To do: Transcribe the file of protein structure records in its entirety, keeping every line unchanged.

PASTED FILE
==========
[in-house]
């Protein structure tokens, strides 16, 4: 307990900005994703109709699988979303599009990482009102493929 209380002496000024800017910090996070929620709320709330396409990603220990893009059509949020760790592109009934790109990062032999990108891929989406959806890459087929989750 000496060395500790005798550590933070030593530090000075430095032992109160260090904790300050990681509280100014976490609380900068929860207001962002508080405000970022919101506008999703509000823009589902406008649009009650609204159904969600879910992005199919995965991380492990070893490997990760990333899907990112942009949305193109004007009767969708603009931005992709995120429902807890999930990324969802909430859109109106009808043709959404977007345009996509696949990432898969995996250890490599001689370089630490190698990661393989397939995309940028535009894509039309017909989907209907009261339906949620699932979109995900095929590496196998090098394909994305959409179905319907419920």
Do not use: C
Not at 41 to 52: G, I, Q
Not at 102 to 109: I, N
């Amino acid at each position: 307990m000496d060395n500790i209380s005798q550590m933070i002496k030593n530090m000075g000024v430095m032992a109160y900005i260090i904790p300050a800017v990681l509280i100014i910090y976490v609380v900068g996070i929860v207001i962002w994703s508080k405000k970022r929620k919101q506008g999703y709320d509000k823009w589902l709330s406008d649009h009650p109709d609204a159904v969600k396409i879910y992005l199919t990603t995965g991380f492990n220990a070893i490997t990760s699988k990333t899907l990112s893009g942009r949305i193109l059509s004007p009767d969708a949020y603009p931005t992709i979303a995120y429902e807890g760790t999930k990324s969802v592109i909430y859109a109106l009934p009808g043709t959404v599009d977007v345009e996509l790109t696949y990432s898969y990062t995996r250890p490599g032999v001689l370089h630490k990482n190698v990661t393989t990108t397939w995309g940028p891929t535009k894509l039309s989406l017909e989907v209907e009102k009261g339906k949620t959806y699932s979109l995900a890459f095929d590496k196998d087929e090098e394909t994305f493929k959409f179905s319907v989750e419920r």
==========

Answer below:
[in-house]
């Protein structure tokens, strides 16, 4: 307990900005994703109709699988979303599009990482009102493929 209380002496000024800017910090996070929620709320709330396409990603220990893009059509949020760790592109009934790109990062032999990108891929989406959806890459087929989750 000496060395500790005798550590933070030593530090000075430095032992109160260090904790300050990681509280100014976490609380900068929860207001962002508080405000970022919101506008999703509000823009589902406008649009009650609204159904969600879910992005199919995965991380492990070893490997990760990333899907990112942009949305193109004007009767969708603009931005992709995120429902807890999930990324969802909430859109109106009808043709959404977007345009996509696949990432898969995996250890490599001689370089630490190698990661393989397939995309940028535009894509039309017909989907209907009261339906949620699932979109995900095929590496196998090098394909994305959409179905319907419920």
Do not use: C
Not at 41 to 52: G, I, Q
Not at 102 to 109: I, N
């Amino acid at each position: 307990m000496d060395n500790i209380s005798q550590m933070i002496k030593n530090m000075g000024v430095m032992a109160y900005i260090i904790p300050a800017v990681l509280i100014i910090y976490v609380v900068g996070i929860v207001i962002w994703s508080k405000k970022r929620k919101q506008g999703y709320d509000k823009w589902l709330s406008d649009h009650p109709d609204a159904v969600k396409i879910y992005l199919t990603t995965g991380f492990n220990a070893i490997t990760s699988k990333t899907l990112s893009g942009r949305i193109l059509s004007p009767d969708a949020y603009p931005t992709i979303a995120y429902e807890g760790t999930k990324s969802v592109i909430y859109a109106l009934p009808g043709t959404v599009d977007v345009e996509l790109t696949y990432s898969y990062t995996r250890p490599g032999v001689l370089h630490k990482n190698v990661t393989t990108t397939w995309g940028p891929t535009k894509l039309s989406l017909e989907v209907e009102k009261g339906k949620t959806y699932s979109l995900a890459f095929d590496k196998d087929e090098e394909t994305f493929k959409f179905s319907v989750e419920r």